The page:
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'AITA for accepting an inheritance from my dad's late wife? [I was born from his affair]' UPDATED

'AITA for accepting an inheritance from my dad's late wife? [I was born from his affair]' UPDATED


"AITA for accepting an inheritance?"

Here's the original post:

I won't mince words: I'm (22F) the product of an affair. My father comes from a wealthy family and is a businessman in Asia, and my mother used to be a flight attendant in the 90s. My dad has always been there when I was growing up, even if my mom and I live in the US, and has provided for us financially.

His “real” family knows about me: he and his wife “Sarah” got married out of business convenience and she’s never resented me or made me feel bad in any way. I’ve always respected her for letting me have a relationship with my older brothers, and letting me come with their family on summer vacations.

She even sent our family flowers when my mom got married a few years ago. Sadly Sarah passed away from cancer a few months ago. It’s been rough on my dad and brothers, she was a wonderful, kind woman and I miss her a lot.

Sarah was very, very wealthy and left my brothers a significant inheritance. Apparently she also left me something in her will: a few thousand dollars. I burst into tears when my brothers called me with the news, I didn’t expect her to even acknowledge me in any way as her husband’s bastard child even if we had a good relationship.

The problem is my family: my uncles and grandma think that I shouldn’t accept the money because I’m “not family.” My brothers have been saying that over in their country, Sarah’s family is also contesting the will to remove me because I’m not her daughter or related to her in any way.

I’ve been feeling pressured to not accept the money even if my dad and brothers say I have every right to accept it. AITA for thinking about taking my inheritance?

What do you think? Is she an a-hole if she takes her inheritance? This is what top commenters had to say about it:

writesgud said:

NTA. She wanted you to have it. Why should other people, even family, have a greater say in what she does with her money than her? If she were alive, is this what she would have wanted? Clearly not. She put it in writing! Again, respect her wishes.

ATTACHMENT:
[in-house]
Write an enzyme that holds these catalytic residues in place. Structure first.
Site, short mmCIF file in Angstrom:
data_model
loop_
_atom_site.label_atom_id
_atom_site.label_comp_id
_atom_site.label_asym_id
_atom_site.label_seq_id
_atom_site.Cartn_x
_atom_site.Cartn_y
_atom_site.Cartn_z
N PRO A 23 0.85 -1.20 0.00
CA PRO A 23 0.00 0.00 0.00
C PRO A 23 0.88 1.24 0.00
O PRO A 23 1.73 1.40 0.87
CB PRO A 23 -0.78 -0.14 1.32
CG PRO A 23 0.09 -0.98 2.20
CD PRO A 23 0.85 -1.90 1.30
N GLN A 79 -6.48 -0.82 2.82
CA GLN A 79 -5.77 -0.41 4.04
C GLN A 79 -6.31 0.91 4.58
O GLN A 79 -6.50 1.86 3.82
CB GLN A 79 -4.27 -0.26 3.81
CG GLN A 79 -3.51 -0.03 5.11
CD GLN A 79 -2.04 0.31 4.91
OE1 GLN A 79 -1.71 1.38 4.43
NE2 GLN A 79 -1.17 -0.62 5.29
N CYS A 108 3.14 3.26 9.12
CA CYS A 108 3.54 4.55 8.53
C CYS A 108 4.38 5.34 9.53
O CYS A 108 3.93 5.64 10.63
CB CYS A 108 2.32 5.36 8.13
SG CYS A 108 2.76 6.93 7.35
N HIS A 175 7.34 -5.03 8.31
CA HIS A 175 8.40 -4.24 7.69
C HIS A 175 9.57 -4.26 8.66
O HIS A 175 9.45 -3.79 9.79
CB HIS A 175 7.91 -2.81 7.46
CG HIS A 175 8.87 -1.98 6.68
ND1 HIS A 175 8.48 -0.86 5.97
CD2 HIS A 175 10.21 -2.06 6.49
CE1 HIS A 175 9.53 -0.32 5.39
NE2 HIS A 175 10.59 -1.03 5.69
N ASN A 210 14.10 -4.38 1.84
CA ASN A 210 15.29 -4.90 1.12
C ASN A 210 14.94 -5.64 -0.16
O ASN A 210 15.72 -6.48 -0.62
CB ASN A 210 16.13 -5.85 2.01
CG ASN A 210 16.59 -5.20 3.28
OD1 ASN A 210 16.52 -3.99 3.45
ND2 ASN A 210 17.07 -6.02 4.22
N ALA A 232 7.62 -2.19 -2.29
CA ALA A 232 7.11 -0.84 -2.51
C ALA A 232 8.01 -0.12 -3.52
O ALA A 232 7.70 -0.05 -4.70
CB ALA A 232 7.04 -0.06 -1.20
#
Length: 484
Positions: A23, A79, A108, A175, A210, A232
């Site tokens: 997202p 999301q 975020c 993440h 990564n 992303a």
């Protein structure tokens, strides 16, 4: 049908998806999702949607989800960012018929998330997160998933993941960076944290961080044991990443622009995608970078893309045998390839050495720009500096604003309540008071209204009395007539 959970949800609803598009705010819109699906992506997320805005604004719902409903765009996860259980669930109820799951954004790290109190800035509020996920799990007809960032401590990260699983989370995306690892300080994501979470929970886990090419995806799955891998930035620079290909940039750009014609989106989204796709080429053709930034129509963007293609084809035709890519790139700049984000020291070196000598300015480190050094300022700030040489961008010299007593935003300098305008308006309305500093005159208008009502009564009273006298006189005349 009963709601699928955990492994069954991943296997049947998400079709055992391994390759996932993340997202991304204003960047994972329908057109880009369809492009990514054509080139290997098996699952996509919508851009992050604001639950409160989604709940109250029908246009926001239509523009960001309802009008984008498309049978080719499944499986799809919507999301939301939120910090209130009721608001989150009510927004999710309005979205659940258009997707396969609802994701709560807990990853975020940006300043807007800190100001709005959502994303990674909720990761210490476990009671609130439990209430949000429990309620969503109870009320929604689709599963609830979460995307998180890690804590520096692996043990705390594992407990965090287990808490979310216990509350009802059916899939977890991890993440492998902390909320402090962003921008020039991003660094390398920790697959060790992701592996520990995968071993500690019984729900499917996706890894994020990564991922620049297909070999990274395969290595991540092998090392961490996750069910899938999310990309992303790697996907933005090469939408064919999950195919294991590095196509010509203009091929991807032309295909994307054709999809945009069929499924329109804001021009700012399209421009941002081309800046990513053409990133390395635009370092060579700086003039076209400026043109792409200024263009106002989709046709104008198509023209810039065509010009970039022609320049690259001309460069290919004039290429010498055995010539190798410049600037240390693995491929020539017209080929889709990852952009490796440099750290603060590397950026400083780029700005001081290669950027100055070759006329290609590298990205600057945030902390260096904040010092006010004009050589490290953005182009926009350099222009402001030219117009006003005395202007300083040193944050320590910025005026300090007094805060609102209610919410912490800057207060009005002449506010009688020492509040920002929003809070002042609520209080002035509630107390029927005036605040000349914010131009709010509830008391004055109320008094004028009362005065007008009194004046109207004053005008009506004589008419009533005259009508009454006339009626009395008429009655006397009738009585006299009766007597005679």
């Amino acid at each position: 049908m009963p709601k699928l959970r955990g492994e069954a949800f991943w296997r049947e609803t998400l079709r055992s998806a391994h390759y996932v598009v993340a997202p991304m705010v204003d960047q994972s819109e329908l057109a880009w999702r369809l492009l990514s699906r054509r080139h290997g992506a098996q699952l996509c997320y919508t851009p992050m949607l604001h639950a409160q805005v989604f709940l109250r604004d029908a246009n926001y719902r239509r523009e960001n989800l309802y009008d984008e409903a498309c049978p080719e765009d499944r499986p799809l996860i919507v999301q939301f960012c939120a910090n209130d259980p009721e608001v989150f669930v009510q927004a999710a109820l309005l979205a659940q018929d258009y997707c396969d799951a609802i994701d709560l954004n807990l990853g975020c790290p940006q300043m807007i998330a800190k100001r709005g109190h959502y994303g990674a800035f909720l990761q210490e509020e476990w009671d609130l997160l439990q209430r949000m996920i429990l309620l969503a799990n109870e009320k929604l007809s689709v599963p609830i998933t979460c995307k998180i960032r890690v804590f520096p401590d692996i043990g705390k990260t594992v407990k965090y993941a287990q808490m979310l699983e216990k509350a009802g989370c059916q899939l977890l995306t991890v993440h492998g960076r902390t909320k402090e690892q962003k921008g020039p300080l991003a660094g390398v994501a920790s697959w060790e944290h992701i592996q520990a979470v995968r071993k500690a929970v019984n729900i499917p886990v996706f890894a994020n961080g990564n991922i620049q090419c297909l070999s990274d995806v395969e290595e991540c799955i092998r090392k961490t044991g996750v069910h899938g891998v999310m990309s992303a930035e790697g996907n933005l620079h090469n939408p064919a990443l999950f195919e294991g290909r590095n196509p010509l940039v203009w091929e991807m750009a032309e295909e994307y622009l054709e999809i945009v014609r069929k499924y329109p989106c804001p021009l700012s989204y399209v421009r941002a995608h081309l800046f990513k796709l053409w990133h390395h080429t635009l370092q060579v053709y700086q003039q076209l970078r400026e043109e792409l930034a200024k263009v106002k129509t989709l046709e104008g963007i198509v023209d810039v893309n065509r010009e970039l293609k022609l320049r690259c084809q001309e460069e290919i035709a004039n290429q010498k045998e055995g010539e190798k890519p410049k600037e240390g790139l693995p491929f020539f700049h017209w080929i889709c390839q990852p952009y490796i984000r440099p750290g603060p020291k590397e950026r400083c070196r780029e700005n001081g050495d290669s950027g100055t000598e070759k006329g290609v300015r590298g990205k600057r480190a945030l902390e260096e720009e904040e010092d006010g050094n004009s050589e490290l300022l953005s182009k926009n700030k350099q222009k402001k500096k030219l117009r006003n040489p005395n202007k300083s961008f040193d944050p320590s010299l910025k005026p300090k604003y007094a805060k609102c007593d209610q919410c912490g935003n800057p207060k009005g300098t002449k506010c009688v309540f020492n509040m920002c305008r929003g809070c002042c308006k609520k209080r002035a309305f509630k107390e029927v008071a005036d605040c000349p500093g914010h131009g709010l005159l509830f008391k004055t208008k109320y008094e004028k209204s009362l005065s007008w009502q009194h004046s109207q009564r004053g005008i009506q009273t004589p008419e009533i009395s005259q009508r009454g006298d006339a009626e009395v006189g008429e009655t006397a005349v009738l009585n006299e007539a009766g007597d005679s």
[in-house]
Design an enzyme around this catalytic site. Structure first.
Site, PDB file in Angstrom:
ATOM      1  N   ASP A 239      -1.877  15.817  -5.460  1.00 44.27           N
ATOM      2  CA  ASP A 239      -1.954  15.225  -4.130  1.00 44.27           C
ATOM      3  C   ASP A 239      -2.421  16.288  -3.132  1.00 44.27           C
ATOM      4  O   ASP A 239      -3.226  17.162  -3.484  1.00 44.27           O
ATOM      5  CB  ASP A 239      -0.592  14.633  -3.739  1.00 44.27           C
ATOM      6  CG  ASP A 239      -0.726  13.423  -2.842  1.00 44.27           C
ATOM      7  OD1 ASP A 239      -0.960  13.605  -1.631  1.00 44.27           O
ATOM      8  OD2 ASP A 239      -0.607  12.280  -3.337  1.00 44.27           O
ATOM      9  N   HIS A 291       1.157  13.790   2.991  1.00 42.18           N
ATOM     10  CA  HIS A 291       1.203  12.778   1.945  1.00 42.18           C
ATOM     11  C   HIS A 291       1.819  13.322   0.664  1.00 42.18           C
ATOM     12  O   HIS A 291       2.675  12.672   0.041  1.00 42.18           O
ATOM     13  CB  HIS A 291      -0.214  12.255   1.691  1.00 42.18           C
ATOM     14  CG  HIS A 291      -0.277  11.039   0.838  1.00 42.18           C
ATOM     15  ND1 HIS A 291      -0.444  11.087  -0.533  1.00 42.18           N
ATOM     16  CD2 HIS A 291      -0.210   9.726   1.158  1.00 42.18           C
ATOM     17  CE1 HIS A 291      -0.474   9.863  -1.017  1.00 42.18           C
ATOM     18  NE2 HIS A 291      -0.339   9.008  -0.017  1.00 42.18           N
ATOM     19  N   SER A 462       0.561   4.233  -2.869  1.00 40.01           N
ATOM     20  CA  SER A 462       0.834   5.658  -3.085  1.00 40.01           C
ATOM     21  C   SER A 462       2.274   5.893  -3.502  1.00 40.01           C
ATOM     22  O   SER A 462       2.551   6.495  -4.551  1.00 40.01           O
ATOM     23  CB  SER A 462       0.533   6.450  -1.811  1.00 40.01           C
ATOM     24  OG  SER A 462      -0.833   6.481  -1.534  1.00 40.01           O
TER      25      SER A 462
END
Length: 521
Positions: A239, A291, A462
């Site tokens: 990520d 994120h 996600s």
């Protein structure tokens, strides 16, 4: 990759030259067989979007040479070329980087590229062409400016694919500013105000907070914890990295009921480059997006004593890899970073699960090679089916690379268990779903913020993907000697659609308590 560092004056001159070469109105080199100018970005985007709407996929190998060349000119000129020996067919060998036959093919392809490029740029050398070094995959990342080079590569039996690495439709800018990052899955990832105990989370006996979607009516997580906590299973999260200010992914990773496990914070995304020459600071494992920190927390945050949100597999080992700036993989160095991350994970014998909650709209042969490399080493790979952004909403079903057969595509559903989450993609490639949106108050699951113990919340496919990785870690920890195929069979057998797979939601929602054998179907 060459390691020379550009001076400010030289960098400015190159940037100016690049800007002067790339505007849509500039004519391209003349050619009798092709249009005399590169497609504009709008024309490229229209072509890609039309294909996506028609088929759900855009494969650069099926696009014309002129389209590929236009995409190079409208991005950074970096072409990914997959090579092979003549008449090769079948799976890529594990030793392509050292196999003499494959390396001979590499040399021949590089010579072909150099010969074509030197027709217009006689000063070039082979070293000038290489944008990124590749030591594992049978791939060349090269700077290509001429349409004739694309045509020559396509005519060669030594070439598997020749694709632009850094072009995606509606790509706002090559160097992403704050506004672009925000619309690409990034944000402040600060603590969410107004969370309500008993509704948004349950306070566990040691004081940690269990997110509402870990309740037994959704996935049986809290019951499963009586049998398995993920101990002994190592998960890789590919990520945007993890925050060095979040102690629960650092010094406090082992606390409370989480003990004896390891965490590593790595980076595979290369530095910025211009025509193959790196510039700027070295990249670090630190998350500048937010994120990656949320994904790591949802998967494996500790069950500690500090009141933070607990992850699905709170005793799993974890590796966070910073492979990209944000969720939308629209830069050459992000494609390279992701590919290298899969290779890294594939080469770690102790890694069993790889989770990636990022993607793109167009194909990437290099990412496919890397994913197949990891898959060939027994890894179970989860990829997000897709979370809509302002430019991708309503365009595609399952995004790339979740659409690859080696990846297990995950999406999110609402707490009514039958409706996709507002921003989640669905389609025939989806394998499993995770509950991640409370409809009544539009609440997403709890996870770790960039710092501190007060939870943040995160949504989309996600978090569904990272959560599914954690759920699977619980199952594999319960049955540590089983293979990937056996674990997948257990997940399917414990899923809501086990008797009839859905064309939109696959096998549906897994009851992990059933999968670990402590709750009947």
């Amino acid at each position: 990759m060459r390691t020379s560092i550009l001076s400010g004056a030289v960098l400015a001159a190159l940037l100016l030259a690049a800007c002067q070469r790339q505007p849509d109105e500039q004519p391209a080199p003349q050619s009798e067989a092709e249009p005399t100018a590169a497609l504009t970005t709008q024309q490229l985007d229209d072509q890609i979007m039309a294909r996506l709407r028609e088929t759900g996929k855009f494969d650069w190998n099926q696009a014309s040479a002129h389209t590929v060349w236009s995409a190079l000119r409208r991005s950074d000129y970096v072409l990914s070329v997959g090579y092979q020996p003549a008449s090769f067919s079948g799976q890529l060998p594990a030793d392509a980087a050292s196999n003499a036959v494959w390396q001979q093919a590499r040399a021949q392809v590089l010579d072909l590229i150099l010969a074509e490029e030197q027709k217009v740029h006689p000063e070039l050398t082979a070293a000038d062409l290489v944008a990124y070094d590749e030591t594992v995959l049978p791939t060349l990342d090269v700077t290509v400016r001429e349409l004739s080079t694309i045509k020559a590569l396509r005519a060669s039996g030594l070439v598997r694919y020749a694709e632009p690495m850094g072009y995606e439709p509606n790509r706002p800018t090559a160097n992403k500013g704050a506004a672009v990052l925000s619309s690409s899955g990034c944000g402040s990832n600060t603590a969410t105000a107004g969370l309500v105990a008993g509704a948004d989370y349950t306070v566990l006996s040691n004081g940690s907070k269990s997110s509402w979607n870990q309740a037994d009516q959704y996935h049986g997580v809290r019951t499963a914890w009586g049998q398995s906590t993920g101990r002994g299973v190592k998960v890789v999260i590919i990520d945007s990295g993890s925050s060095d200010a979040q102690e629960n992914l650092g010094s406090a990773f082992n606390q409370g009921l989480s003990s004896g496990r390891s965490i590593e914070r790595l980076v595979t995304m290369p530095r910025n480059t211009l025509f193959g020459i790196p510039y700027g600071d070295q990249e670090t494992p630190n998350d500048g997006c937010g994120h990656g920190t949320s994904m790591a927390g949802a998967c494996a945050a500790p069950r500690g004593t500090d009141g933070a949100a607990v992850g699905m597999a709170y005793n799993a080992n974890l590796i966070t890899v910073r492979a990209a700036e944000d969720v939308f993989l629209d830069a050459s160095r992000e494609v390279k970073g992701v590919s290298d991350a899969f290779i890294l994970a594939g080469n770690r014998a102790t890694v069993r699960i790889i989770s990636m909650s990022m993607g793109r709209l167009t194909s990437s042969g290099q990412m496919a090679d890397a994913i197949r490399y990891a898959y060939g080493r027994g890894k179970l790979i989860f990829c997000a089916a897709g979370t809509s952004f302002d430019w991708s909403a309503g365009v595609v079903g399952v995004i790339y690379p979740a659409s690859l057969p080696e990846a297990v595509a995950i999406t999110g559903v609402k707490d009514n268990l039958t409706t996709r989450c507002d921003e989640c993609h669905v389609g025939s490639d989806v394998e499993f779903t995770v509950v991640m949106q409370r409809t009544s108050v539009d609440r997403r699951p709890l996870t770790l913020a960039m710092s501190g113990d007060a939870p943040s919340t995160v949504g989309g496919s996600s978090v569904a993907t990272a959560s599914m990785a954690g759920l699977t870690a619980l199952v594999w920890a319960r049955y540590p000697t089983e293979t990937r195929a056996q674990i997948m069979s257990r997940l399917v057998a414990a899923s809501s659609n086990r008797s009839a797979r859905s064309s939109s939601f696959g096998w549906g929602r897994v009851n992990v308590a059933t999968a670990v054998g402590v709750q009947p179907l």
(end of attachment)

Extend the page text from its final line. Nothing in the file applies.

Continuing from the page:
[deleted] said:

NTA I'm glad you had so many wonderful people that loved you. She wanted you to have it and it made her happy yo give it yo you.

Rhewin said:

NTA. Relatives have no say in someone's legal will. Take your inheritance before the family ties it up in legal battles if you can. People get ugly over money.

Smudgikins said:

NTA there's no law that says you have to be family to inherit. People leave money to butlers, friends, churches and cats all the time

needacoldshower said:

Sarah clearly loved you and it was her dying wish that you have that gift. I think accepting it at the very least to respect a dying woman’s wishes who was dear to you is the best course of action. If the legal dispute results in you being removed from the will, it’s up to you if you want to fight it.

But I think she obviously wanted to include you in her will because she wanted you to have this. To remember her by, and to use for yourself. I can also understand the position of both families, though they may be misguided. They’re also grieving. Whatever you decide, I’m sure you will handle it with respect and grace. NTA.

SheWolfInTheWoods said:

NTA, but I also wanted to add, if it all goes bottoms up and they somehow don’t let you have the money, you can still hold onto to the memory that Sarah clearly cared for you and planned for your future after her life was over. They can never take that from you.

Verdict: Commenters all seem to agree NTA, and she should take the inheritance.

She later followed up to share this update:

EDIT: I am honestly floored with this response. I just posted on here to kinda vent about my situation since a friend brought it up yesterday and asked how I was doing. Thought I'd post an update to share context and how things are going.

My mom, dad, and Sarah are all from the same home country. When she got pregnant my mom was already in the process of moving to the US. That's the only reason I grew up away from my dad. They're from a country where having a "second" family is pretty common for men of a certain social class (even prominent politicians have several families on the side),

but our situation was frowned upon because it's expected that you treat it super discreetly and in secret, and we were pretty open about it which is practically unheard of, and apparently embarrassing for some members of the extended family.

With regards to how things are going now: my oldest brother is a lawyer and has assured me several times over the past few months that the family doesn't really have a legal claim with contesting the will, and with the courts closed because of [redacted] he's confident that this will all blow over soon.

The entire situation really isn't about the money, a lot of the comments were right in saying that it's mostly about appearances and keeping money within the family. He actually saw this post and called me, and he agrees that I should honor his mom's wishes in keeping the money, and that if I feel a bit uncomfortable taking it to think about it as a last gift from his mom to show that she thinks of me as family, too.

I admit I had a good cry over that. My brother says I should go and buy something nice for myself, but I'm thinking of using some of it to donate to animal charities since Sarah really loved her dogs (they were in her will, too!). All in all, I feel so much better about the situation knowing my family has my back.

Sources: Reddit
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